Encyclopedia of the Great Plains

David J. Wishart, Editor


Although they account for only about 6.4 percent of the earth's land surface, wetlands are extremely important ecosystems. Wetlands are ecotones, or transitional environments between deeper water systems and terrestrial uplands. They are characterized by the presence of water at or near the surface, unique soil conditions, and hydrophytes (plants suited to wet conditions). Several formal definitions have been written during the past twenty years for regulatory purposes, including the oftencited U.S. federal definition: "The term wetlands means those areas that are inundated or saturated by surface or ground water at a frequency and duration su.cient to support, and that under normal circumstances do support, a prevalence of vegetation typically adapted for life in saturated soil conditions." Thus, wetlands include marshes, bogs, swamps, fens, wet meadows, peatlands, playas, and a number of other aquatic ecosystems that fall under a variety of names.

Wetlands can be categorized into five main types: marine, estuarine, lacustrine, riverine, and palustrine. The latter three types occur in abundance throughout the Great Plains. Indeed, this region includes two of the most important wetland areas in North America: the expansive Prairie Potholes region of the Prairie Provinces and north-central United States, and the Nebraska Sandhills. Scientists further group wetlands into subsystems and classes based upon their seasonal hydrology (e.g., intermittent or permanent standing water), bottom substrate material (e.g., rock or soft sediment), and the predominant plants (fifty-six subcategories in all). Lacustrine wetlands are typically associated with ponds and lakes, forming the shallow areas along the margins, while riverine wetlands occur along rivers or streams and are often fed by floodwaters. Palustrine wetlands include the remaining shallow water systems that are typically identified as wetlands, including marshes, swamps, and bogs.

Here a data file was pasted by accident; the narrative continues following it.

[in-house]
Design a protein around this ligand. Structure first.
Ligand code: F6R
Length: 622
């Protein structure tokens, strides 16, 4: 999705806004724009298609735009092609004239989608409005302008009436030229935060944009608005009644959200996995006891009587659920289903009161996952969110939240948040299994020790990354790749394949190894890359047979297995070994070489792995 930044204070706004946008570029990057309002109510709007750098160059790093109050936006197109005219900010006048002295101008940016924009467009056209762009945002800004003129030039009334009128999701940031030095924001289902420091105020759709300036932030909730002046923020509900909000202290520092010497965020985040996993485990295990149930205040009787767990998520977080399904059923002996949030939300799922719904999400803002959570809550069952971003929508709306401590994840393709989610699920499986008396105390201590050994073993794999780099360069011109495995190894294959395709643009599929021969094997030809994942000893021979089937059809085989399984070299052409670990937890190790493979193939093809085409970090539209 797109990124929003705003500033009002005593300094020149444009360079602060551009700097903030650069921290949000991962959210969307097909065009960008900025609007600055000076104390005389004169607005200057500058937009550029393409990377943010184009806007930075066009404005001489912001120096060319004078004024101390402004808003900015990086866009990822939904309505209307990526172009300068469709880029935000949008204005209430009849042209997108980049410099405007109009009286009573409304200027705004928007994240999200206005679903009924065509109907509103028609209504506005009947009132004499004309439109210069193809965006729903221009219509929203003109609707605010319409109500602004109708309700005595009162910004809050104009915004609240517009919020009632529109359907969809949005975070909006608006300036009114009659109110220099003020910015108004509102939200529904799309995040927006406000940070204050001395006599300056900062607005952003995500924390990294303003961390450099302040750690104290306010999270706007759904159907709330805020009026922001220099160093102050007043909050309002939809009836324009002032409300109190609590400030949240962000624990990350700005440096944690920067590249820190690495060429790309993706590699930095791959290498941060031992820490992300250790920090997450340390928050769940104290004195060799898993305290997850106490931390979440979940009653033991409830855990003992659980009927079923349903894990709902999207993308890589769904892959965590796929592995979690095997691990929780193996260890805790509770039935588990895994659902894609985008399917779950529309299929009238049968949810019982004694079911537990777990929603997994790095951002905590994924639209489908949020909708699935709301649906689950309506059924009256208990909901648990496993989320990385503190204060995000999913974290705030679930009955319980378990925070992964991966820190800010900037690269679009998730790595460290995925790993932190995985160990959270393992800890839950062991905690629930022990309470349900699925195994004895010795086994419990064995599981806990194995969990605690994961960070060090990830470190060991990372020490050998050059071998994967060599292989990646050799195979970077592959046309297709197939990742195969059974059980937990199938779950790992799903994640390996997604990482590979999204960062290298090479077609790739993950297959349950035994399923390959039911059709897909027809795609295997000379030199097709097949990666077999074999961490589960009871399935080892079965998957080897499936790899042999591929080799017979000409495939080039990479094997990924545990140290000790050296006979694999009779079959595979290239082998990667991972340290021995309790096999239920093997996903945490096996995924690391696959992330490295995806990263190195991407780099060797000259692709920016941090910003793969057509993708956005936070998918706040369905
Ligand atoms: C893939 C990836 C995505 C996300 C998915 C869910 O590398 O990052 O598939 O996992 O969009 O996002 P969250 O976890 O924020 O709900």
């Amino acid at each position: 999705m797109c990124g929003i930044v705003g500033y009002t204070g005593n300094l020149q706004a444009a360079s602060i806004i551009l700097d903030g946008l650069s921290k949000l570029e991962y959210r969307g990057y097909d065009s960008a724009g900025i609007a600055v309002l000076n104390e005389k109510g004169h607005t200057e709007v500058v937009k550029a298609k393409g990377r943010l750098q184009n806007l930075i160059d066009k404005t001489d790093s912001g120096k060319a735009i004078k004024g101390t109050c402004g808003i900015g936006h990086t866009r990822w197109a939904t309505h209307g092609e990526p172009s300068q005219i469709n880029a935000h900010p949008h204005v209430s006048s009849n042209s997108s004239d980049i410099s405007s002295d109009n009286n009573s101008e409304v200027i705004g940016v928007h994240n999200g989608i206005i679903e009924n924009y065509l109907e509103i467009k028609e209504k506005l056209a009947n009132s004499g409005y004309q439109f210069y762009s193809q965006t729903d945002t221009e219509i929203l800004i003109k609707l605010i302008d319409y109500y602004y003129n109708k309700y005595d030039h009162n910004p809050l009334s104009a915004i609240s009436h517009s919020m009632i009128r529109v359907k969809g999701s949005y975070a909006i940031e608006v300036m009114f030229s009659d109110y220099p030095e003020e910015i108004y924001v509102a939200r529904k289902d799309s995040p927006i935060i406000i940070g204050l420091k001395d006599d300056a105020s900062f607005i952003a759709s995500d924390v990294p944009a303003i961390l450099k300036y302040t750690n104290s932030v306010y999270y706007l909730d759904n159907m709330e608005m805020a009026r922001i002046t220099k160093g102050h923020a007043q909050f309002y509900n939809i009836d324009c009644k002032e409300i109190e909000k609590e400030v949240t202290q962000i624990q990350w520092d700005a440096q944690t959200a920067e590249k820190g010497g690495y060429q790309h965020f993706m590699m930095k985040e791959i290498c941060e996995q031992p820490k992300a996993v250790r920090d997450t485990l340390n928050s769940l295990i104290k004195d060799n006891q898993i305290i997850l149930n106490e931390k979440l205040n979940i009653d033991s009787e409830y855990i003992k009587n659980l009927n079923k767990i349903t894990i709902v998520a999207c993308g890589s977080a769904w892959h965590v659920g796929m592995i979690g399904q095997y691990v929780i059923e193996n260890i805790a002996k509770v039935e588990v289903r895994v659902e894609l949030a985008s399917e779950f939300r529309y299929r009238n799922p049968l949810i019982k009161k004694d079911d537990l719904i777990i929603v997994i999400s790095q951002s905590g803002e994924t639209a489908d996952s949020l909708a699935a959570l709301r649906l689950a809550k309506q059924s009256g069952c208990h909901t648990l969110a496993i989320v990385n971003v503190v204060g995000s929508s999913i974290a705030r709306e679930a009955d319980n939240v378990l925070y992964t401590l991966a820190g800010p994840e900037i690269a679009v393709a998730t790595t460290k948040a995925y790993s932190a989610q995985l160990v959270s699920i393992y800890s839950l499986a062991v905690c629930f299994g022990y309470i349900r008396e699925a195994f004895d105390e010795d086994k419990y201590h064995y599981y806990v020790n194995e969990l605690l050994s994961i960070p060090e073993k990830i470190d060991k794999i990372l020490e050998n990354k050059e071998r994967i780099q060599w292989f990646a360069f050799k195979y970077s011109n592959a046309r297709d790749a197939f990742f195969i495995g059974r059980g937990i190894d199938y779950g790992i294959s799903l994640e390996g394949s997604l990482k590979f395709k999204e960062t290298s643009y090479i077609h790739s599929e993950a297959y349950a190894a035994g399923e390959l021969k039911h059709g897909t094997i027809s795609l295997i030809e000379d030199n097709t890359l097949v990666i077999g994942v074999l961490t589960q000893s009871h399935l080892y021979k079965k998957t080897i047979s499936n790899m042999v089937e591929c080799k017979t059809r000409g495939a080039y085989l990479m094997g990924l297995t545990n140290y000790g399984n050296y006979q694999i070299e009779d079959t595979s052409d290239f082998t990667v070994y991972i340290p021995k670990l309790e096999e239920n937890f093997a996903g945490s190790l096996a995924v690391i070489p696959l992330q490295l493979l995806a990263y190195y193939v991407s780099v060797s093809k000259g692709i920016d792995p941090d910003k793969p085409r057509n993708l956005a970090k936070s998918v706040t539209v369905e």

Wetlands are dynamic systems, exhibiting major changes in vegetation during the growing season, as surface and subsurface water levels change, sometimes dramatically. Consequently, they provide habitat for a large number of plants and animals, some adapted strictly to aquatic existence and others capable of living in the water for short periods of time during their life cycle. Many aquatic insects, for example, require water for their preadult stages, then emerge as winged adults: dragonflies, damselflies, midges, and many other insects are common members of the wetland community. Aquatic plants, being less mobile, must have adaptations that allow them to live underwater or in saturated sediments, adaptations such as air chambers in their leaves and stems for gas exchange to roots anchored in oxygen-depleted muds.

On a per acre basis, wetlands produce more plant and animal biomass than any other ecosystem on earth. The vast majority of this production is hidden to the untrained eye: hydrophytes in the wetland bottom in the form of roots, rhizomes, and other storage structures, and microscopic plants called algae, which are attached to hydrophytes or bottom mud or occur free-floating in the water. The propensity of wetlands to produce plant and animal biomass is a reflection of their ability to rapidly take up and cycle basic nutrients such as phosphorus and nitrogen. Consequently, wetlands are also now recognized as ideal systems for treating municipal waste, storm water runoff, agricultural runoff, and animal waste. Many wetlands are being constructed each year for this purpose, and natural and restored wetlands are also used. Thus, wetlands have been termed biological filters or the "kidneys" of the landscape. They serve a variety of other important functions as well, including flood control, sediment trapping, erosion control, and groundwater recharge, in addition to their recreational benefits for camping, hunting, canoeing, fishing, and bird watching.

Perhaps the most significant role of wetlands is in maintaining biodiversity. It has been estimated that one-half of the fish, onethird of the birds, and one-sixth of the mammals on the U.S. threatened and endangered species list occur in wetlands. The Prairie Potholes region, for example, is home to twelve of the thirty-four species of breeding ducks in North America. Nevertheless, wetlands continue to be lost at an alarming rate. Conversions of wetlands to croplands and urban development have resulted in a cumulative loss of 53 percent of all wetlands in the continental United States. South Dakota and Nebraska have lost approximately 35 percent of their wetlands. Federal efforts to preserve and restore many wetlands have increased in the past ten years in the Great Plains, but the decline continues.

Kyle D. Hoagland University of Nebraska-Lincoln

Mitsch, William J., and James G. Gosselink. Wetlands. New York: Van Nostrand Reinhold Co., 1993.

Niering, William A. Wetlands. New York: Alfred A. Knopf, 1985.

van der Valk, Arnold G., ed. Northern Prairie Wetlands. Ames: Iowa State University Press, 1989.

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